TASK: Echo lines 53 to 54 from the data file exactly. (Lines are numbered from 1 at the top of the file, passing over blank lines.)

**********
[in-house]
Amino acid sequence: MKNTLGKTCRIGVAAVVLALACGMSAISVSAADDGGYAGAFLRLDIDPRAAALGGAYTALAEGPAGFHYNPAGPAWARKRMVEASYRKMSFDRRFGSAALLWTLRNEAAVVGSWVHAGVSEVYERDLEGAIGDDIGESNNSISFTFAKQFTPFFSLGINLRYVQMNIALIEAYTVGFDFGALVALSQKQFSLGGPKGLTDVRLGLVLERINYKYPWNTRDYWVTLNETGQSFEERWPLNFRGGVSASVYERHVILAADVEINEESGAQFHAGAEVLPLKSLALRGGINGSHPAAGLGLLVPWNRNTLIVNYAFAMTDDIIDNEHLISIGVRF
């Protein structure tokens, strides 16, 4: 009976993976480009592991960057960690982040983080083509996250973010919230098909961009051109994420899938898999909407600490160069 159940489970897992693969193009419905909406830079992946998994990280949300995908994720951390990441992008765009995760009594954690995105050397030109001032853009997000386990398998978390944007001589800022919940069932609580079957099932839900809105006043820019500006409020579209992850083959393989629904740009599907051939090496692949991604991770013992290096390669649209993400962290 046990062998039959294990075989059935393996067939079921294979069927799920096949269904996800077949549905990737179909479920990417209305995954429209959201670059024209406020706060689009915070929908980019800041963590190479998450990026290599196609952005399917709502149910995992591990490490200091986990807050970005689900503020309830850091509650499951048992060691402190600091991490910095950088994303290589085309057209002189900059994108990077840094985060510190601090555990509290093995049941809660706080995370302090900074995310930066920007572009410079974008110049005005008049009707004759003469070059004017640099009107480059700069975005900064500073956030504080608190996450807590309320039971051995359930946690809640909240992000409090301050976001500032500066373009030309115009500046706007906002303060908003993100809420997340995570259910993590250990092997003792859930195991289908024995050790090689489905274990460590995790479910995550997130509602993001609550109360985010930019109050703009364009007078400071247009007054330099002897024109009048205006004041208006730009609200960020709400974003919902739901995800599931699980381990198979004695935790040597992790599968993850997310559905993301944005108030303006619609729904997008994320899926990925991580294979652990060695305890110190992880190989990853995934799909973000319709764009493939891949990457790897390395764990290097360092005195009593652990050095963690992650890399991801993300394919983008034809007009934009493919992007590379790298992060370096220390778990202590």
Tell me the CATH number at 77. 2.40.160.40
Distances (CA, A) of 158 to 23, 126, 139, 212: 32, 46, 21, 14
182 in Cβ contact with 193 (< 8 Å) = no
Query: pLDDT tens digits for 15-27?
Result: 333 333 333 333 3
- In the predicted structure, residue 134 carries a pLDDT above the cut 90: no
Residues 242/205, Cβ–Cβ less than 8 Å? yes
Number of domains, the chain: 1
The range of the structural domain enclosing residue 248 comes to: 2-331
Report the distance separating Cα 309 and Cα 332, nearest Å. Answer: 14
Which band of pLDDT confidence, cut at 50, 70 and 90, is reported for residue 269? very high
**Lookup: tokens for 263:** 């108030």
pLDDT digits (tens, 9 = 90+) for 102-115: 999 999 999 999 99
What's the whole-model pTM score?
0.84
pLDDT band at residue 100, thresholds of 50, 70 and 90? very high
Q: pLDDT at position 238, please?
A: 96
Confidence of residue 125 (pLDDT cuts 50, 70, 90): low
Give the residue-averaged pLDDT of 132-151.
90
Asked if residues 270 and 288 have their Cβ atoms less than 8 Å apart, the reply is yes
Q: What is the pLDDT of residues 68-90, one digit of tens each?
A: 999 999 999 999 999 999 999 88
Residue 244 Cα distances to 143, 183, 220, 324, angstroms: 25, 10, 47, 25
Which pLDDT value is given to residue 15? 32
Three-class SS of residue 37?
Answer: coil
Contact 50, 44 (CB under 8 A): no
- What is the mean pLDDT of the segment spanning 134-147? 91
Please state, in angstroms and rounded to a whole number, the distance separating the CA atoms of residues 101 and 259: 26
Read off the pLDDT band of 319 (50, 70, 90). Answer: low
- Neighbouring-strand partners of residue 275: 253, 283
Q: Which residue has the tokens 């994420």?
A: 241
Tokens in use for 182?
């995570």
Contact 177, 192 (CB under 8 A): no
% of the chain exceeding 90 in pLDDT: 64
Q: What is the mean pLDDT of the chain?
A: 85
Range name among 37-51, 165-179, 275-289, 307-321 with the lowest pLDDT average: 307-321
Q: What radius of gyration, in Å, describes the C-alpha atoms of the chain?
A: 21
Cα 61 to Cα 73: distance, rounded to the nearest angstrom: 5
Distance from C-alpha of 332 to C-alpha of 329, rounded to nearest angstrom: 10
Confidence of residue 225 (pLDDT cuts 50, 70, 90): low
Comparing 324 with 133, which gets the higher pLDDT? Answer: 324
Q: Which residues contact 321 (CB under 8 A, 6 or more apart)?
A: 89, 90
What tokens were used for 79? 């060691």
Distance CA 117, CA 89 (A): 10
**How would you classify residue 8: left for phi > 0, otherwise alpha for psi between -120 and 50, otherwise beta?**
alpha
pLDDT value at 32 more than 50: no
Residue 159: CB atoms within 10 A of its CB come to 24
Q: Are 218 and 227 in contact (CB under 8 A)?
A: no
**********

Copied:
A: 89, 90
What tokens were used for 79? 């060691």